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. Last Updated: 07/27/2016

Croatia, Yugoslavia Sign Agreement

BELGRADE -- Croatia and Yugoslavia signed a landmark mutual recognition accord Friday, ending five years of hostility between two countries whose relations are vital to regional stability.


Croatian Foreign Minister Mate Granic and Yugoslav Foreign Minister Milan Milutinovic agreed to the deal, which diplomats hope will help bring stability to the Balkans.


"This agreement today is in a certain way a historical one for both countries since it represents a turning point in relations between our two countries," Milutinovic said.


"This agreement is the foundation of stability in the region," Granic said.


The ceremony was held in the Serbian hall of the palace of the federation, built when communist leader Josip Broz Tito ruled Yugoslavia. Tito's death in 1980 paved the way for the rise of nationalism and the federation's collapse.


Granic drove through Belgrade to the ceremony in a limousine carrying a Croatian flag -- the first time the Croatian banner has been unfurled on Serbian territory since the federation disintegrated in 1991. Both ministers agreed the accord did not solve all disputes between the governments but provided grounds for their future settlement.


Details had yet to be released but sources close to the talks said it was mostly based on an agreement struck by presidents Slobodan Milosevic of Serbia and Franjo Tudjman of Croatia in Athens earlier this month.


Croatian officials, who asked not to be named, said the accord called for the two countries to exchange ambassadors within 15 days.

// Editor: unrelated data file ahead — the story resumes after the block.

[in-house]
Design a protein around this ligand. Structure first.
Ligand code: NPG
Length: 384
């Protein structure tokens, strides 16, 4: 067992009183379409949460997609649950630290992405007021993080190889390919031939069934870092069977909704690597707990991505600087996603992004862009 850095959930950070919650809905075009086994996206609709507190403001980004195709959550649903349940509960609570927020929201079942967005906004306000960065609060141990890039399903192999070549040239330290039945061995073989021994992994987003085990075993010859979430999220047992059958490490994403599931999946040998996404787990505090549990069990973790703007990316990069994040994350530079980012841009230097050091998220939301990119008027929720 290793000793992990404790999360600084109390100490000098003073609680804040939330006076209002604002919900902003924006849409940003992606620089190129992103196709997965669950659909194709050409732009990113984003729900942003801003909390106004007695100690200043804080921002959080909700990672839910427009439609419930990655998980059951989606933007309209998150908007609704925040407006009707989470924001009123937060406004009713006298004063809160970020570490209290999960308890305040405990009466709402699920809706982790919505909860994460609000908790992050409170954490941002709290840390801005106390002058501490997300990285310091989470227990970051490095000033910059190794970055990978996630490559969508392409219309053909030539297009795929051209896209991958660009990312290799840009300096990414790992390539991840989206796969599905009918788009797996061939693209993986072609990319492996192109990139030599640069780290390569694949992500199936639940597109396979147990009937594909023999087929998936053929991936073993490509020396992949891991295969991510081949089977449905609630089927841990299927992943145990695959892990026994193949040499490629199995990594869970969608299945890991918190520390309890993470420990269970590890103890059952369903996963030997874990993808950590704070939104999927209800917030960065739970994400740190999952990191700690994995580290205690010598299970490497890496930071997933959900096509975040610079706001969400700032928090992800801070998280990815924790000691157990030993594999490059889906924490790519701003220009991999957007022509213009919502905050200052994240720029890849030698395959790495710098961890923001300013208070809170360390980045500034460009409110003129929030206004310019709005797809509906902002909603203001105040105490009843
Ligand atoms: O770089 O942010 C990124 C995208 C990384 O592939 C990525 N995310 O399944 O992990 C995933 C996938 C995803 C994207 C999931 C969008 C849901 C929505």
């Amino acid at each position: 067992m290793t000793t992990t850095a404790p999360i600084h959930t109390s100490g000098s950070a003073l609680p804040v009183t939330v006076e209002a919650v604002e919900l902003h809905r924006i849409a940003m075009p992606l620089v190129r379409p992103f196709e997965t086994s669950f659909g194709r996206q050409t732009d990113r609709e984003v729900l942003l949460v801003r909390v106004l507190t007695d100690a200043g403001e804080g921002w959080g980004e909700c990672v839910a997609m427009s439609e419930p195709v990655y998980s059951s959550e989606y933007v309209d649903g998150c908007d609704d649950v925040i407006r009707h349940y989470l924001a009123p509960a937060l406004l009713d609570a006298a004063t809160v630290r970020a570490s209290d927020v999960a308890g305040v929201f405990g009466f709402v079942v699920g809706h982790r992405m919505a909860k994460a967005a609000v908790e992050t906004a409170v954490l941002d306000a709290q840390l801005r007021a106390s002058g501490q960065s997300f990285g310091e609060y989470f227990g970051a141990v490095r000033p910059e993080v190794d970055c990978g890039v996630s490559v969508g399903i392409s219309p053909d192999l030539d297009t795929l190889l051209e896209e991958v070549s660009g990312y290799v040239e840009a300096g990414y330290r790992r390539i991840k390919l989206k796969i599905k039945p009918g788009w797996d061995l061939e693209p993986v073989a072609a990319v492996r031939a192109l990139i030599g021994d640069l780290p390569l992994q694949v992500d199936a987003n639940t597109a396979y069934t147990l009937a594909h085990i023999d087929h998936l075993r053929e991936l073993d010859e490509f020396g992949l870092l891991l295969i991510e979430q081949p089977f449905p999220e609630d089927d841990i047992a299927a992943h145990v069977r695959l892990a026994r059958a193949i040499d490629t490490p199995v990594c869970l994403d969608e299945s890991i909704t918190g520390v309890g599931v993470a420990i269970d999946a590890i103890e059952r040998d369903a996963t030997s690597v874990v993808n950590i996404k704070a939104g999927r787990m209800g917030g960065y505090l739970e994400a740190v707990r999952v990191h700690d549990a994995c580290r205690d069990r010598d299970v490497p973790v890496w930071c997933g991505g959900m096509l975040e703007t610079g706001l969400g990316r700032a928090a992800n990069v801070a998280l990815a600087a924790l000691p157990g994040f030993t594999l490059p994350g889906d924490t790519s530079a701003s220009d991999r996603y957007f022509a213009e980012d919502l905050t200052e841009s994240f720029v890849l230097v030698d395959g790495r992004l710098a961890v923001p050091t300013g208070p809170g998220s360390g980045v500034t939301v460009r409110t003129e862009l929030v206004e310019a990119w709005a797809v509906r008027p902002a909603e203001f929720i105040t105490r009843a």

The main sticking point in Friday's talks was the future status of Prevlaka, a sliver of land jutting into the Adriatic.


Croatian-held Prevlaka dominates the mouth of the Boka Kotorska bay, the home of the Yugoslav navy.


Diplomatic sources said Granic insisted on the Athens formula that the peninsula was a "security" and not a territorial issue.


"This probably means that Prevlaka will remain Croatian but will be demilitarized," a Western diplomat said.


The Serbs had been dissatisfied with the formulation but by the afternoon the two sides agreed the issue before settling to a lunch of lamb served on plates with the seal of the former Yugoslavia.


Sources said the accord guarantees a safe return of refugees, general amnesty for Serbs who want to live in Croatia and envisages raising of diplomatic relations to embassy level. The current chiefs of missions -- Zvonimir Markovic in Belgrade and Veljko Knezevic in Zagreb -- will most likely be promoted to ambassador, diplomats said.


As for rights to the legal succession of former Yugoslavia, the most important issue for Belgrade, the two sides agreed that all five former republics would have equal successor rights.


Yugoslavia, comprising Serbia and Montenegro, would be allowed to renew membership in international organizations without Belgrade having to submit a formal request.


War erupted in 1991 when Serbs, backed by the Yugoslav army, rebelled against Croatia's bid for independence from Yugoslavia. Croatia recaptured Serb-held territory last August except for one Serb enclave, Eastern Slavonia, which is due to be handed over to Zagreb next year. Belgrade normalized relations with one other former Yugoslav republic, Macedonia, earlier this year.